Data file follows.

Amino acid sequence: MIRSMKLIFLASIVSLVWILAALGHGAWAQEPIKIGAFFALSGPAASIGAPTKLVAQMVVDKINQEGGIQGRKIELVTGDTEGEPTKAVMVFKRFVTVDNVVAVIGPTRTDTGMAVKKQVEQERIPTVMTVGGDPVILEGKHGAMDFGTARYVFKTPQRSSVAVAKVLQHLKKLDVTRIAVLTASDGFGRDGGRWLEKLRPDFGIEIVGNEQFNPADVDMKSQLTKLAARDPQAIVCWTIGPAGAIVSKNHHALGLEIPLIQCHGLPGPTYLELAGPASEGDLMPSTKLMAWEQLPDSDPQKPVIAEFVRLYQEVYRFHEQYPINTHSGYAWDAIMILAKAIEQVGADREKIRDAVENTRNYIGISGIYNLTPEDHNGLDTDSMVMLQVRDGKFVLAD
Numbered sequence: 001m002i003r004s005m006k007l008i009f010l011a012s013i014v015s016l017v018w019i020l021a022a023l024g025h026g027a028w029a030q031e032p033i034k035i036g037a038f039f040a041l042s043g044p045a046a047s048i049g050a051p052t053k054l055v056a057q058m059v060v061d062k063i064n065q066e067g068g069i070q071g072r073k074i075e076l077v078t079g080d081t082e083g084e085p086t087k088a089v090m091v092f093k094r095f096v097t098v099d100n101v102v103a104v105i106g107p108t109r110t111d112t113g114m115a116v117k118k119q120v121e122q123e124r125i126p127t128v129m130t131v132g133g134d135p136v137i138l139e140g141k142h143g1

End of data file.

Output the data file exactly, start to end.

Amino acid sequence: MIRSMKLIFLASIVSLVWILAALGHGAWAQEPIKIGAFFALSGPAASIGAPTKLVAQMVVDKINQEGGIQGRKIELVTGDTEGEPTKAVMVFKRFVTVDNVVAVIGPTRTDTGMAVKKQVEQERIPTVMTVGGDPVILEGKHGAMDFGTARYVFKTPQRSSVAVAKVLQHLKKLDVTRIAVLTASDGFGRDGGRWLEKLRPDFGIEIVGNEQFNPADVDMKSQLTKLAARDPQAIVCWTIGPAGAIVSKNHHALGLEIPLIQCHGLPGPTYLELAGPASEGDLMPSTKLMAWEQLPDSDPQKPVIAEFVRLYQEVYRFHEQYPINTHSGYAWDAIMILAKAIEQVGADREKIRDAVENTRNYIGISGIYNLTPEDHNGLDTDSMVMLQVRDGKFVLAD
Numbered sequence: 001m002i003r004s005m006k007l008i009f010l011a012s013i014v015s016l017v018w019i020l021a022a023l024g025h026g027a028w029a030q031e032p033i034k035i036g037a038f039f040a041l042s043g044p045a046a047s048i049g050a051p052t053k054l055v056a057q058m059v060v061d062k063i064n065q066e067g068g069i070q071g072r073k074i075e076l077v078t079g080d081t082e083g084e085p086t087k088a089v090m091v092f093k094r095f096v097t098v099d100n101v102v103a104v105i106g107p108t109r110t111d112t113g114m115a116v117k118k119q120v121e122q123e124r125i126p127t128v129m130t131v132g133g134d135p136v137i138l139e140g141k142h143g1